For the third month in a row, Alphaville has dug into a small corner of the US jobs report to provide some insight into the state of the American consumer. In particular, the total number of jobs added in October, November, and December in the retail sector has been a pretty good predictor of how much Americans are going to shop during their holiday season. Read more
Last month, we cast our normally jaundiced eyes on an exciting bit of data in the US jobs report: the rapid pace of job growth in the retail sector. Since there is a strong relationship between the (non-seasonally adjusted) number of workers hired by retailers and real consumer spending at retailers, we were encouraged by the fact that October was the best month since the late 1990s for the sector. Here was the chart we made then:
Last week’s US jobs report contains a nugget of data indicating a high level of confidence on the part of American retailers: ignoring seasonal adjustments, more retail jobs were added in October than in any previous October ever.
This chart from CreditSights puts it in perspective: Read more
This post by the FT’s US economics editor Robin Harding is cross-published from FT Money Supply.
The Fed has made that question very difficult to answer – not least because opinions differ within the institution. “Substantial improvement in the outlook” has turned out to be a dismal bit of communication: every word needs a definition. For example, does it refer to a level of the unemployment rate or the speed of change? What if the unemployment rate was expected to fall to 7 per cent but then get stuck? Is that a substantial improvement? Read more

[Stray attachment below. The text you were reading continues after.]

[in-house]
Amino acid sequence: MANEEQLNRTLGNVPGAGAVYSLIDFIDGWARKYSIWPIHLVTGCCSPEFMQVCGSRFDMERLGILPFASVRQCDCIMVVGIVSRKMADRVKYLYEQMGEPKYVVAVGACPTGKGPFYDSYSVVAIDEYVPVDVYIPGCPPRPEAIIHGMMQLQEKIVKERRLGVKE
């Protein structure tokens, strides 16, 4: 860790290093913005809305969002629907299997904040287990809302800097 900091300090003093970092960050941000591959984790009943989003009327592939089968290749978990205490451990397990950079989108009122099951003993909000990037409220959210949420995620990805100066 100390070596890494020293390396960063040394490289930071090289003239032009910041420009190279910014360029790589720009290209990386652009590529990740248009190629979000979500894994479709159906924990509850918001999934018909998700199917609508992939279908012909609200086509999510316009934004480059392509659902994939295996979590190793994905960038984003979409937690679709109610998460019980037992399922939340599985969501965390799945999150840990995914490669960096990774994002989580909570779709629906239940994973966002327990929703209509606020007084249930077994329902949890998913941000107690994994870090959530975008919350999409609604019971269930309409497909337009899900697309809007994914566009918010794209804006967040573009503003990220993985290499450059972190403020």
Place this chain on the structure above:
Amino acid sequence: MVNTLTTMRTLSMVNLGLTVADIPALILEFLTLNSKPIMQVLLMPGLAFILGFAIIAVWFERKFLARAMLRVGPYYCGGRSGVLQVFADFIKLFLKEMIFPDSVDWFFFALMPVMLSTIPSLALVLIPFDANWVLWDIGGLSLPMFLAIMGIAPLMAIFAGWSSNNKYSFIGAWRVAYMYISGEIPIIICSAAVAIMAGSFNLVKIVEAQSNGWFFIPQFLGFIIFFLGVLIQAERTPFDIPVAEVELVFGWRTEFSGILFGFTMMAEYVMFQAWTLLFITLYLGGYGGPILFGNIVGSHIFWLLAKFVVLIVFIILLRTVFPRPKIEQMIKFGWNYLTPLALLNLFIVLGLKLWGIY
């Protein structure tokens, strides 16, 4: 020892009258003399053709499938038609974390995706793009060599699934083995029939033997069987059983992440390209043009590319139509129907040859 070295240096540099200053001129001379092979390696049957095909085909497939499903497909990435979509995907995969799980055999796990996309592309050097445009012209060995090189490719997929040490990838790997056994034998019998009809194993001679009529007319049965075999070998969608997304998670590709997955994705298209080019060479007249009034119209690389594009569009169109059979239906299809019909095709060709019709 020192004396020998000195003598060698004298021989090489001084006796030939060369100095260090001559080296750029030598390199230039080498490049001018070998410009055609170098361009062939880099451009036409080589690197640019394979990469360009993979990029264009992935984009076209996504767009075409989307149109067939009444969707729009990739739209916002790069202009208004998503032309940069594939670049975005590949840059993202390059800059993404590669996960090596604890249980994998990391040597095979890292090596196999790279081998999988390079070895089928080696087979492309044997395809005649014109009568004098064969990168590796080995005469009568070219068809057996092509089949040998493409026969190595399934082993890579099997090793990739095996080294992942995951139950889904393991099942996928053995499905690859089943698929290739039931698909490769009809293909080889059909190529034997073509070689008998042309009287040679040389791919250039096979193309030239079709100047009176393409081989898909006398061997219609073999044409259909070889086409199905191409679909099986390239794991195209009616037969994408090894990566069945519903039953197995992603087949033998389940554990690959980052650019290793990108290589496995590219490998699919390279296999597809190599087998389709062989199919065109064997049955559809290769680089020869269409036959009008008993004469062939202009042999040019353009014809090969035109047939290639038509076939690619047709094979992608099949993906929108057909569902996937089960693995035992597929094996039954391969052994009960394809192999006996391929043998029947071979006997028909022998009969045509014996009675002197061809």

The ebullience of recent sessions was subsiding as traders took stock ahead of further developments on the eurozone fiscal crisis and the start of the US third-quarter earnings season, the FT reported. The FTSE All-World equity index was up 0.4 per cent, supported by a 2 per cent jump in Tokyo, which was playing catch-up after Monday’s holiday, during which time global risk assets enjoyed one of their strongest days for some while. The FTSE Eurofirst was down fractionally and S&P 500 futures pointed to Wall Street dipping just 0.1 per cent at the open. The US benchmark jumped 3.4 per cent on Monday, taking its gains since last Tuesday’s intraday low to 11.2 per cent. The rally came partly as a result of dwindling concerns over the health of the world’s biggest economy, after better-than-expected US jobs numbers on Friday finished topped off several examples of forecast-beating macroeconomic data. But the main impetus behind the surge is, arguably, raised hopes that the European authorities will manage to create a grand plan for the bloc that by recapitalising the region’s banks, may allow for a managed Greek default and thus contain sovereign debt contagion and restore confidence in the euro project.
The fears were valid, it seems.
Nonfarm payrolls stayed exactly flat in August — a month in which the drumbeat of negative economic signals was amplified to piercing levels. Read more